These sales holidays tap into our “fear of missing out,” a.k.a. FOMO. And FOMO is a powerful tool:

  • 60% of people make purchases because of FOMO.

  • 89% of Americans say that an exclusive offer would make them likely to shop with a brand.

  • 48% say an exclusive offer would make them purchase sooner.

Scarcity is one of psychologist Dr. Robert Cialdini’s universal principles of persuasion. In his book Influence: The Psychology of Persuasion, Cialdini explains the psychology behind FOMO:

“Our typical reaction to scarcity hinders our ability to think. When we watch something we want become less available, a physical agitation sets in. Especially in those cases involving direct competition, the blood comes up, the focus narrows, and emotions rise.”

In other words, when there isn’t enough of something we want to go around, we want it more.

A study by Wageningen and Tilburg Universities on product scarcity found that shoppers chose the scarce item over the non-scarce one because they believed those limited-supply items were more popular.

That’s what makes flash sales such an effective discount strategy for digital downloads and other products.

Try these tactics to leverage your audience’s FOMO:

  • Create a deal that lasts for a limited time, then add a countdown timer on your product page. According to one case study, it can nearly triple your conversion rate.

  • Use urgency in your email subject lines. Subject lines that convey urgency have as much as a 22% higher open rate than those that don’t.

  • If you don’t want to lower your pricing, offer a limited number of discounts or products.

The Workshops Collective uses that last technique on the landing page for The Space Camp workshop:

By letting people know that only four spots remain and explaining the value of such a small group, workshop leader Erin makes that “Join the Adventure” call-to-action (CTA) even more appealing.

Urgency and scarcity work because FOMO is an emotional thing. And our next sales strategy is all about the power of emotions.

4. Tell a story

When you have a product that you’re super proud of, it can be tempting to include every single product detail in your description. After all, detailed product content is one of the top reasons shoppers complete transactions.

But a cut-and-dry list of features is far less compelling than copy that taps into your audience’s emotions.

A study by neuroscientist Antonio Damasio found that emotions are a central part of virtually every decision humans make, including buying decisions.

Customers want that emotional connection with you, too: 65% of consumers say that being emotionally connected to a brand makes them feel like the company cares about them.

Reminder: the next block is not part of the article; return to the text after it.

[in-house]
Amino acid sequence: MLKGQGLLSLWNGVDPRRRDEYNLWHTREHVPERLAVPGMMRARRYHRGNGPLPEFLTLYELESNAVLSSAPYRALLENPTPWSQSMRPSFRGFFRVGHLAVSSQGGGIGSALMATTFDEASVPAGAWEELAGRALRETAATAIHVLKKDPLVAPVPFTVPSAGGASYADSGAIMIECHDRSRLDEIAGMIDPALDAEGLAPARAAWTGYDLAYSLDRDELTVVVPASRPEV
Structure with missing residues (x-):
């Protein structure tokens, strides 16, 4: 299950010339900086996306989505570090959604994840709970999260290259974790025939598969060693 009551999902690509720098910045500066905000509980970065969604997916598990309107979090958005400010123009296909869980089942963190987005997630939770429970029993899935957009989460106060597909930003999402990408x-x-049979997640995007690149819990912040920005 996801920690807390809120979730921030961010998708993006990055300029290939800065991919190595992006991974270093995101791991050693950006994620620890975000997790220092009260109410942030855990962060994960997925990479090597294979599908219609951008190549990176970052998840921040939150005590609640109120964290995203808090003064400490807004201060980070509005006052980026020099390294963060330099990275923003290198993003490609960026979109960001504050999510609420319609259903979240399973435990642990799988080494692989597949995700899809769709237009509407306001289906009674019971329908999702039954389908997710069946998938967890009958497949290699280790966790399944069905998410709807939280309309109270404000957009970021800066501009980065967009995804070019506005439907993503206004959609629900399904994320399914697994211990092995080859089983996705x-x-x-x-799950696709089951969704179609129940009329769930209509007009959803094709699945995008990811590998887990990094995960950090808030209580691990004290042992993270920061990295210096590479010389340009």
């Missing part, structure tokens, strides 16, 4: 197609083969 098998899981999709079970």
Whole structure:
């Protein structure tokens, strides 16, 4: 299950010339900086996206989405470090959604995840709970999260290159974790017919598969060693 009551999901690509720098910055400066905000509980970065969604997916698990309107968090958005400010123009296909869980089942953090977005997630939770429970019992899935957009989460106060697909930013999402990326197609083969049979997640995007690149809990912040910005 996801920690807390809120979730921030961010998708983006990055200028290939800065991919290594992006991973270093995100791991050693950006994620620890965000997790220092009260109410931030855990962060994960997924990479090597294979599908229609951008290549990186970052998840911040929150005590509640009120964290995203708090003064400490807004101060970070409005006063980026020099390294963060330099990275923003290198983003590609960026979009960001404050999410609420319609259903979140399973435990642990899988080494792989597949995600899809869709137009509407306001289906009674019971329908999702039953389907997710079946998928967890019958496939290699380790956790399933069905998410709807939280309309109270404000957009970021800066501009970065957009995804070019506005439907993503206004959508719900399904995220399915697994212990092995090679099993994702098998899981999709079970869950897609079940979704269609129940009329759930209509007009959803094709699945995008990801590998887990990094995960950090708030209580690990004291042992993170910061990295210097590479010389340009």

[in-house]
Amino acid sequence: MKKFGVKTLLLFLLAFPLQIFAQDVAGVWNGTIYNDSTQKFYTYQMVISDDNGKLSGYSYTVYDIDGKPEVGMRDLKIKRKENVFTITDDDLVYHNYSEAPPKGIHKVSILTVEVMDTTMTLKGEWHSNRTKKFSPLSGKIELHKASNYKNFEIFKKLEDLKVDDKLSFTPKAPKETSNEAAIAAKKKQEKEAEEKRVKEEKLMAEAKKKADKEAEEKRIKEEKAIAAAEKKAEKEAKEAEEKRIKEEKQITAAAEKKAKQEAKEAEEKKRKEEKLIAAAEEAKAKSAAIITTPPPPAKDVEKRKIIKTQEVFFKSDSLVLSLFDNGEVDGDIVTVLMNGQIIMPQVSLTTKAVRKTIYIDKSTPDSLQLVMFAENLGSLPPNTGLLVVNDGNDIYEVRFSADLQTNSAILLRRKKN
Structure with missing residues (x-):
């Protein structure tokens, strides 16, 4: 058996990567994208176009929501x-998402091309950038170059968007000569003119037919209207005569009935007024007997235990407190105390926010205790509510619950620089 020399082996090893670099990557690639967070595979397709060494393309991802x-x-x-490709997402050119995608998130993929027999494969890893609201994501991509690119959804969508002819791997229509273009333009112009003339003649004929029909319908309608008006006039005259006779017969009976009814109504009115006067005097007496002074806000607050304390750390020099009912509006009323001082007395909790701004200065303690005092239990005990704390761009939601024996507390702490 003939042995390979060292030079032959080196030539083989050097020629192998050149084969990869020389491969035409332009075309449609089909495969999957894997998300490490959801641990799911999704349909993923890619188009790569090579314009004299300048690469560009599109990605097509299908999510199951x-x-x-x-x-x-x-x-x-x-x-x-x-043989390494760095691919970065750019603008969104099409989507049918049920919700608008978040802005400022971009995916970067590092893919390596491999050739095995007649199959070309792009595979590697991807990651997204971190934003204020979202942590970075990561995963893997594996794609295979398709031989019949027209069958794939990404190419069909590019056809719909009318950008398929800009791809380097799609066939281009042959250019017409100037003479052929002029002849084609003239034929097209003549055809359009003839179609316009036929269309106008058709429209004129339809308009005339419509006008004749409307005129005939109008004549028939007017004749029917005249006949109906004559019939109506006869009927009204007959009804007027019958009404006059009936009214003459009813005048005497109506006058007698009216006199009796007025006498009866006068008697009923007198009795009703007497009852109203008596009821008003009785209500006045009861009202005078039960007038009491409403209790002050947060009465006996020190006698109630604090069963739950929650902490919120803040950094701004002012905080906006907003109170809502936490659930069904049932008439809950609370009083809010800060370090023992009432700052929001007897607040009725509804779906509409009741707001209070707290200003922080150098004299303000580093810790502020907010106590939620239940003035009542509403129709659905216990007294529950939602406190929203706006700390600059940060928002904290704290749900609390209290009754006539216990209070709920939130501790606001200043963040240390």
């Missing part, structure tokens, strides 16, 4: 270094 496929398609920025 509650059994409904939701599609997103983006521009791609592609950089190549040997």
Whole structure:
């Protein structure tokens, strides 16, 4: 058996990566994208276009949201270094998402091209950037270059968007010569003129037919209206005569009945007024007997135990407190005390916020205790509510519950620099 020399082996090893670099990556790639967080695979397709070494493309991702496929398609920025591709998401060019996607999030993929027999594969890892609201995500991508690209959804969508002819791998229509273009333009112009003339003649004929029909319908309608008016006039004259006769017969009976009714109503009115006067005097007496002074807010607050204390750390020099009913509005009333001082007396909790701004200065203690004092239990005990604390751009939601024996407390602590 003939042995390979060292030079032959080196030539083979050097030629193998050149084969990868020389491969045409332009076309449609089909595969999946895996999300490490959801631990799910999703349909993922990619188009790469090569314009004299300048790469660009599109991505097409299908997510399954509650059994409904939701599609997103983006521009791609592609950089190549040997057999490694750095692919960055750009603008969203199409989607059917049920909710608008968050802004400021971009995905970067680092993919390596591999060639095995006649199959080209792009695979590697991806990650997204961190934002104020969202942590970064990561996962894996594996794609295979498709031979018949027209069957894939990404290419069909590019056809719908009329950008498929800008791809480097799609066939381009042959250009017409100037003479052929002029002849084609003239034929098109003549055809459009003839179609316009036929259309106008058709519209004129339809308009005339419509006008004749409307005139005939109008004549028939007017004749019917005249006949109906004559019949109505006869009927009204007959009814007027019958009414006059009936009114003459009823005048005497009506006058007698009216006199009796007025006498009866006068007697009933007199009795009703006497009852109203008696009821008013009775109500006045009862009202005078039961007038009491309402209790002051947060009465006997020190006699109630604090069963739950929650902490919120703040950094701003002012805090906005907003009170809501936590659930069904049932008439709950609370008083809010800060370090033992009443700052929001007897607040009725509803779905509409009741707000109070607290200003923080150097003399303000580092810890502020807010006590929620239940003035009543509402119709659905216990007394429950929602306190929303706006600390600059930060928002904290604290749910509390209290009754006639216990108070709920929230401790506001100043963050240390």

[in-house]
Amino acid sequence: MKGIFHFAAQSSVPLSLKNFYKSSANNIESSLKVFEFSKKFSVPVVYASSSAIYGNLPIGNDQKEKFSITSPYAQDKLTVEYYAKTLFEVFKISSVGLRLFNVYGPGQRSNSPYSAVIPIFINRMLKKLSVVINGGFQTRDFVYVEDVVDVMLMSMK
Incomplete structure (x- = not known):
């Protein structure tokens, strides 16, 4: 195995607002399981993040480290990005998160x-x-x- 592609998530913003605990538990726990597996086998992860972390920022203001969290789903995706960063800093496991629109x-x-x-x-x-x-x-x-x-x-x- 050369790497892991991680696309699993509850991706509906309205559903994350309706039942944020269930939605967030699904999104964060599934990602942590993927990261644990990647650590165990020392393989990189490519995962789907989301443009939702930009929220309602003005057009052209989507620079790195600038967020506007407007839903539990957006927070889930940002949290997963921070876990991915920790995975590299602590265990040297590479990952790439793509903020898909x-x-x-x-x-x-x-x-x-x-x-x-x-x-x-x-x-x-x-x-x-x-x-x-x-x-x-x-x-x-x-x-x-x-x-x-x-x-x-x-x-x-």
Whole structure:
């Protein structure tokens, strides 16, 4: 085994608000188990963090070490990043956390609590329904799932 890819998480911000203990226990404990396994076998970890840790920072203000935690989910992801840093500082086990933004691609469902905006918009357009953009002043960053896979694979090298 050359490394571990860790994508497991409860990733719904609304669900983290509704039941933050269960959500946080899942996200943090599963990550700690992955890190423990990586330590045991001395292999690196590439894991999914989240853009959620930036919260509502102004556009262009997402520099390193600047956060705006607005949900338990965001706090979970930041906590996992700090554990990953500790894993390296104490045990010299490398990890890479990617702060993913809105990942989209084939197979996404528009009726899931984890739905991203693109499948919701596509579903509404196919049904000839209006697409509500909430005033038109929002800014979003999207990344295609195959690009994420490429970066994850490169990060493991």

Customers who feel a connection with a brand have a 306% higher lifetime value and tend to stick with the brand for longer.

Your sales page writing is a great opportunity to start building that connection. The headline on Natalie Sisson’s homepage is a stellar example: “Hey lovely. You deserve more money, joy and freedom. Let’s go get ‘em!”

Natalie clearly understands her audience’s pain points — wanting more money, joy, and freedom — and uses kind, validating language. She seems to know just what her customers are going through, making her solution all the more credible.

One of the best ways to tap into your customers’ emotions is to tell a story — and make them the main character.

Joe Lazauskas, Head of Content at Contently and co-author of The Storytelling Edge, notes that stories are more than just entertainment. They light up our brains:

“Essentially, our brains run on electrical pulses, and when we hear stories, our brains light up. Neuroscientists have this saying that ‘neurons that fire together, wire together.’

So, when we’re hearing a story and our brain is lighting up, you have all of these neurons that are then wiring together, which triggers us to remember more of the information we’re getting.”

When you make your customer the hero of your brand story, it helps them imagine themselves using and benefitting from your product.

On a neuroscientific level, we’re programmed to respond to stories that we can see ourselves in, Lazauskas explains.

“When you’re speaking to your audience, you either want to present a main protagonist in the story — it could be a client, a customer, a thought leader, someone who did something super cool for another company — that they can see themselves in.

Or, as the author, you want to speak to them directly.”

To make your customer the main character of your story, use the word “you” instead of “I”. Using second-person language can help you write better sales copy and tell a more engaging story.

For example, mindset and business coach Becky Mollenkamp sells a Money Mindset course that helps entrepreneurs and freelancers change the way they think about money. Money can be a personal and emotional subject — and Becky’s sales copy doesn’t shy away from that.

Instead, she uses emotional language and the second person to paint readers a picture of what they can accomplish by completing the course. If the story Becky tells resonates with a reader, they know that her product is right for them.